For the longest time, all of these trees were nameless, as were many of the birds, insects, and squirrels that populated them; I simply observed and photographed them on my phone, but I did not have any inclination whatsoever to discover their names, to liberate them from their facelessness. I was so accustomed to a nomadic existence that I didn’t think I would stay long enough to make this knowledge gathering worthwhile — and so, how did it matter if I knew their names or not? There were many occasions when I found myself desperately yearning for Oman or the States; I felt extremely resentful of India, exhausted by how overwhelming it was and from confronting its multiple challenges.
My resentment translated into a refusal to consider India as home — and I subsequently once more saw through the trees or plants or birds that quietly existed and did consider this country as their home. Yet, as circumstances compelled us to stay longer in Delhi, I gradually found myself wanting to learn the names of the flora and fauna surrounding me — I no longer wanted to live in an unfamiliar world, I no longer wanted to be an alien stranger amongst them.
“I no longer wanted to live in an unfamiliar world, I no longer wanted to be an alien stranger amongst them.”
I read in the newspaper the other day that our neighborhood is the greenest one in New Delhi, and I must agree as I observe the sheer wealth of the flora surrounding me. There is a massive peepal tree behind my house, which simultaneously functions as a pop-up shrine; seen from my study window, the first tree to bloom during spring, the appearance of the silk cotton tree’s fat monstrously beautiful crimson or orange flowers herald winter’s end. The gulmohar tree’s bare branches which had otherwise sported earrings of long chocolate brown seed pods (incidentally, they also make excellent rattles) are currently ablaze with crimson blooms.
If you stroll through adjoining by-lanes, you will encounter baby green mango-laden trees, creamy white neem bloom, laburnum dripping with chandeliers of gloriously yellow flowers, and a garden earlier violently violet with blooming jacaranda trees. Even though trees may send away bits of themselves to the world through their fallen leaves, flowers, and seeds, they are ultimately rooted to where they are, their one and only home.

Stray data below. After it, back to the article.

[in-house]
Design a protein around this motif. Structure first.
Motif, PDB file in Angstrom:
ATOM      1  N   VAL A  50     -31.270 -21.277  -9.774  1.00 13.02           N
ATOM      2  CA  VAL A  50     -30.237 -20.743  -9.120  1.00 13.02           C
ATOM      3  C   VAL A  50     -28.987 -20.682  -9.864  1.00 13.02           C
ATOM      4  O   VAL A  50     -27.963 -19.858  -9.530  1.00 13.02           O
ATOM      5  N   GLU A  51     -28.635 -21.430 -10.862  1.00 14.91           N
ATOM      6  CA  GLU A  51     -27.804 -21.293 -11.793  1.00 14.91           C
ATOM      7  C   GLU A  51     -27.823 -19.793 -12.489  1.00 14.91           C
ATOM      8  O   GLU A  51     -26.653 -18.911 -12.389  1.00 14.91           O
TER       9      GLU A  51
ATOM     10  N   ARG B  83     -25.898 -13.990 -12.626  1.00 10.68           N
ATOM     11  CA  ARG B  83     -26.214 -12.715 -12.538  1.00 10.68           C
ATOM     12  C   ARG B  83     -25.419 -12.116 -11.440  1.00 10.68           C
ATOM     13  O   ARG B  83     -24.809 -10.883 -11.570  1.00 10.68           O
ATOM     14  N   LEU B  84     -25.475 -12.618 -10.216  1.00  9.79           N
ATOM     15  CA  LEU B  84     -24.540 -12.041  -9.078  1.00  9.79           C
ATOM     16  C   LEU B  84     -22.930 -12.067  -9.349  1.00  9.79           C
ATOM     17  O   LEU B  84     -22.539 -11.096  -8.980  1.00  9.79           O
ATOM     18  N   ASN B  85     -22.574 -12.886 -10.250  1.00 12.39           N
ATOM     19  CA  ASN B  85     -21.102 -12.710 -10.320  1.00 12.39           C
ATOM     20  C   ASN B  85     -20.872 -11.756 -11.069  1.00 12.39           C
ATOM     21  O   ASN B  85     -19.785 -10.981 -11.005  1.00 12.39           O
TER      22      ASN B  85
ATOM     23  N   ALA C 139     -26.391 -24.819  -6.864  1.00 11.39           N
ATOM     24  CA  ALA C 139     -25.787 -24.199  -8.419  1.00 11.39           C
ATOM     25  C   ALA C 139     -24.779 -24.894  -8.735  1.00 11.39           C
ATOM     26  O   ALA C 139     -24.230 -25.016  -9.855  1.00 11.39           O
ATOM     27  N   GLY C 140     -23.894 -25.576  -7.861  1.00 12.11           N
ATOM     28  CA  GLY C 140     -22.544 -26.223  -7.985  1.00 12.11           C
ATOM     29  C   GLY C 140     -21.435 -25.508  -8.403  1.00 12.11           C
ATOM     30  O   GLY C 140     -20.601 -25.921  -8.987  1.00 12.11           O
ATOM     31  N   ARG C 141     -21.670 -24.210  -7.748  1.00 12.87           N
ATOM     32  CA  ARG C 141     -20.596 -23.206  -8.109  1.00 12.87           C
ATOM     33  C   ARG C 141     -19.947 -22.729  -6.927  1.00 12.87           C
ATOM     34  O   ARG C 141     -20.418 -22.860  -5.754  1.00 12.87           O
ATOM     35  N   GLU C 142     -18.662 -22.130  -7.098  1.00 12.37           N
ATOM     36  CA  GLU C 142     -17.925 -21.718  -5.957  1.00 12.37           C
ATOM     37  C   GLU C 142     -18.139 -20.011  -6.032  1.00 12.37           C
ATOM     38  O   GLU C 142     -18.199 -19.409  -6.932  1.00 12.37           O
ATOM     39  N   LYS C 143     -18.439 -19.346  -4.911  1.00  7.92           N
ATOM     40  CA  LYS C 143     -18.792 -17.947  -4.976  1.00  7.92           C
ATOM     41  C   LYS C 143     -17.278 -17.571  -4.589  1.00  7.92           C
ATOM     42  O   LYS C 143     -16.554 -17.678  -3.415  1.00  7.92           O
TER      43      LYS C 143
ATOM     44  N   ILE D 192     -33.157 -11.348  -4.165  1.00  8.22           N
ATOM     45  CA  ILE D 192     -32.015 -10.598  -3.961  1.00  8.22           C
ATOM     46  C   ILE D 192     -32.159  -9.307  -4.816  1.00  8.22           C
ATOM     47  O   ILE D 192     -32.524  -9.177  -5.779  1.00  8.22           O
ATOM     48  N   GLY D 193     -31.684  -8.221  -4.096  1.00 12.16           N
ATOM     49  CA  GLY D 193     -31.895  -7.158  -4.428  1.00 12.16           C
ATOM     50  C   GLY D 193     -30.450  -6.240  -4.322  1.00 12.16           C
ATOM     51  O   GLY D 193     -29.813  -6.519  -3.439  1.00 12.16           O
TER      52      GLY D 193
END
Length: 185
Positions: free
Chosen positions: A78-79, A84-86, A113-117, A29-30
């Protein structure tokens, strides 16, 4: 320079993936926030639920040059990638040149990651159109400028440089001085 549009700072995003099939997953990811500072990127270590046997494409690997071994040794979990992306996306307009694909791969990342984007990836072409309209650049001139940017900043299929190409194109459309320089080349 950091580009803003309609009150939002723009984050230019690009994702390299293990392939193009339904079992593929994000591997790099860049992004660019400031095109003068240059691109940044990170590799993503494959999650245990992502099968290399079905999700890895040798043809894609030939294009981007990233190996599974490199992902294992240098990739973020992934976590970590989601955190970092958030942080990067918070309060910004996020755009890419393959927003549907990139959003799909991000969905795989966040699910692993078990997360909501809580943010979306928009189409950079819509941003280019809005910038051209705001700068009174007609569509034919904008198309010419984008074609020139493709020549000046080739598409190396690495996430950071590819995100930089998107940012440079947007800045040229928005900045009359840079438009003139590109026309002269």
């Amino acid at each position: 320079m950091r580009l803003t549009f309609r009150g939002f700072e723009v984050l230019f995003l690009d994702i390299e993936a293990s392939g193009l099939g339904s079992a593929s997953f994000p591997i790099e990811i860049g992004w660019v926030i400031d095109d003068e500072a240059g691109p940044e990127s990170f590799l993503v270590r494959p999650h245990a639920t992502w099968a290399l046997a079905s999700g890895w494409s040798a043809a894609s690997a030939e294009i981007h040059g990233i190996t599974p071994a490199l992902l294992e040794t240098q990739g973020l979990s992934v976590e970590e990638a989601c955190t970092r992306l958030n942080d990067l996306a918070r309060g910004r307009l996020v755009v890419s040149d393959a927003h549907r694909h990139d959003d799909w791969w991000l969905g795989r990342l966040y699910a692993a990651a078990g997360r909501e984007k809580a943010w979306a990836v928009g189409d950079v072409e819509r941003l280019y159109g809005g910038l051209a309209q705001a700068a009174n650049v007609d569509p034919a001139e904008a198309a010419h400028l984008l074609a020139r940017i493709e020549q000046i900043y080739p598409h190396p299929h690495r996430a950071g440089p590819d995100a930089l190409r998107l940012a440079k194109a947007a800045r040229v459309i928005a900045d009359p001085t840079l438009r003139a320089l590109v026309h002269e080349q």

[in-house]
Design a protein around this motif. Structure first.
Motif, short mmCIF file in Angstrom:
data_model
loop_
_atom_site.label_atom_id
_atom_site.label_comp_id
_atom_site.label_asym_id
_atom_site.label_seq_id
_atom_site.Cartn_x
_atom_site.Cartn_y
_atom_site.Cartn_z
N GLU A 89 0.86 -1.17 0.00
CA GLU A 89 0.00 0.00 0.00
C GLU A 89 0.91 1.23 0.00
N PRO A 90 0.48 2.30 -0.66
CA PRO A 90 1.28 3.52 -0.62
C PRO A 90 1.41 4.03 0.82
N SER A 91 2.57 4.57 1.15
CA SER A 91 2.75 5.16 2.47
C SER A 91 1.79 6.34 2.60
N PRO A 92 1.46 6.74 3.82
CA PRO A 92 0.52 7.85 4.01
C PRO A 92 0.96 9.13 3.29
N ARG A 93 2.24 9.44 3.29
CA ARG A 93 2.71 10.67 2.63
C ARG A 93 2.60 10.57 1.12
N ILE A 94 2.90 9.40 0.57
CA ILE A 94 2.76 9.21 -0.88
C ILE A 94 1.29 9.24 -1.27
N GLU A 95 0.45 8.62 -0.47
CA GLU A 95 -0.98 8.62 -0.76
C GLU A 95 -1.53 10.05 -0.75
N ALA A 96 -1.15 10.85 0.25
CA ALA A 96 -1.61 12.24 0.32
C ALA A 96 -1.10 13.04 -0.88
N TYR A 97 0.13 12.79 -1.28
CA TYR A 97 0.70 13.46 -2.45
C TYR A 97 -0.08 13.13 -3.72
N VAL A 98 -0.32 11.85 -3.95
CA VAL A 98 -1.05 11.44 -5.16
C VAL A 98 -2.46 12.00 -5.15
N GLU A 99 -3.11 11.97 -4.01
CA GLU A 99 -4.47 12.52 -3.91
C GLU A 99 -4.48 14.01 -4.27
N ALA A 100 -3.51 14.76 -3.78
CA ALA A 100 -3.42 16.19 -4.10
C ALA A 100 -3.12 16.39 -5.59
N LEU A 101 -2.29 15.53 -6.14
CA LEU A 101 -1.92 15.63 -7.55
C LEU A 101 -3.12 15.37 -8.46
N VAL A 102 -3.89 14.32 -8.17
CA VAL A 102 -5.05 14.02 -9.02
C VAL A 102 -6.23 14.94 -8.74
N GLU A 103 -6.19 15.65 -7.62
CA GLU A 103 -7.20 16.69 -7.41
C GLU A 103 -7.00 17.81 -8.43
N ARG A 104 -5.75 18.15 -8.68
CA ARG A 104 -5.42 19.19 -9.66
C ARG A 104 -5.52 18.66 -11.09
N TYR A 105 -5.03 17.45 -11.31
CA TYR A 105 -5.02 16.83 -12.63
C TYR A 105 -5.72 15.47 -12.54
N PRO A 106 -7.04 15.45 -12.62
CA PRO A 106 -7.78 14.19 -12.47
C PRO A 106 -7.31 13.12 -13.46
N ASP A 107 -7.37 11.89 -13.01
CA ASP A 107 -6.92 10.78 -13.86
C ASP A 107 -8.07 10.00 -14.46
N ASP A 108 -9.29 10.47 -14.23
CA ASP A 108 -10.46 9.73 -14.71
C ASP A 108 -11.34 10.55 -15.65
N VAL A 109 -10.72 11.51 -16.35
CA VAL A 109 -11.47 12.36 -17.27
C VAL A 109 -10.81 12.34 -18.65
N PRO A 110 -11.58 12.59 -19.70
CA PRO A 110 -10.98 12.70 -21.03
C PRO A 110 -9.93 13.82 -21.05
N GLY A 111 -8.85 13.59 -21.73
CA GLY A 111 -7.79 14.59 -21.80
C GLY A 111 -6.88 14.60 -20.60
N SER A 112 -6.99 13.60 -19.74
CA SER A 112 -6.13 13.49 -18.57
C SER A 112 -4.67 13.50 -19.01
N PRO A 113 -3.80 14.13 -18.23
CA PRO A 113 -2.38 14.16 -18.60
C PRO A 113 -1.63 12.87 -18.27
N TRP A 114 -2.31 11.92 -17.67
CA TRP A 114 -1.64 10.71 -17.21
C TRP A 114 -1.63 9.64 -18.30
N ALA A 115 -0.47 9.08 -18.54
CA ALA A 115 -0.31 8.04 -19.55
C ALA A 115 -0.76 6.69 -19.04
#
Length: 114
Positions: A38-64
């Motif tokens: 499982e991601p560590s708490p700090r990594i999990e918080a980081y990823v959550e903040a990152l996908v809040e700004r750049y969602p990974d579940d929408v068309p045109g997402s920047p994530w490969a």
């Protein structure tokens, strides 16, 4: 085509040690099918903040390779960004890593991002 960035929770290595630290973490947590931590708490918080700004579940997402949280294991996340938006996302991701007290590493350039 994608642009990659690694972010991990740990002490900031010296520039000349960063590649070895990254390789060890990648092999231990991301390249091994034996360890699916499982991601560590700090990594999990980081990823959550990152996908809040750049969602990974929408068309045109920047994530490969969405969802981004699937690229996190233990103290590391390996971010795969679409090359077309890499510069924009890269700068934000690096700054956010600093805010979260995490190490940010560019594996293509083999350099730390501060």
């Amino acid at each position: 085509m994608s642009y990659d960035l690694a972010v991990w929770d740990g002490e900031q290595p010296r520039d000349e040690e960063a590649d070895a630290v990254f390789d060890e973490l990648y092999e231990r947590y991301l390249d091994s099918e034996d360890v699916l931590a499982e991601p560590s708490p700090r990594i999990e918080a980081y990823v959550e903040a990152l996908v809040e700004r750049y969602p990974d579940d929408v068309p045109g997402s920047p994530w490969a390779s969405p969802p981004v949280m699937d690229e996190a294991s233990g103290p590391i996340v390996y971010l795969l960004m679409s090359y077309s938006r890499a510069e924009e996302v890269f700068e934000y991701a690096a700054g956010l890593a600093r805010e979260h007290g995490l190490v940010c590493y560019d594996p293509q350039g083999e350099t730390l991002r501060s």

The more I learned about the flora surrounding me, the less I found myself becoming a detached observer and more of an intimate inhabitant in the place I was living in. Just as one defines and associates a place with its people, the trees too were shaping and adding personality to my immediate world; one that I was finding myself becoming a participant in: I knew them, and they knew me.
“When we leave this place, I am really going to miss its nature,” I told my husband the other day; I was referring to my natural surroundings, but perhaps, my faux-pas actually meant that I was referring to the character of the place? Was I actually considering it home, after all?
A few days ago, I opened my living room window to find a web that a spider had fashioned for itself between the grill. It was the size of my palm, gossamer-thin, exquisitely beautiful — and the architect, designer, and builder still diligently at work. I was concerned that a breeze would blow it away, so fragile a thing it was; yet, the spider resolutely continued spinning its home, secure in its belief that it had created its home and would not be plucked away. And even if it did, he would make another one for himself.
That’s how it is: you don’t just create your homes; you actually live inside them, no matter where you go. It took me a spider and a tree to teach me that.
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Priyanka Sacheti is a writer based in New Delhi, India, who has authored three poetry volumes, and written two short stories included in international anthologies. Educated at Universities of Warwick and Oxford, UK, Priyanka previously lived in the Sultanate of Oman and the United States and has written for Gulf News, Brownbook, Khaleejesque, The State, Brown Girl, and India Currents amongst others with a focus on art, gender, diaspora, and identity. An avid amateur photographer, she explores the intersection of her writing and photography at her blog and on Instagram.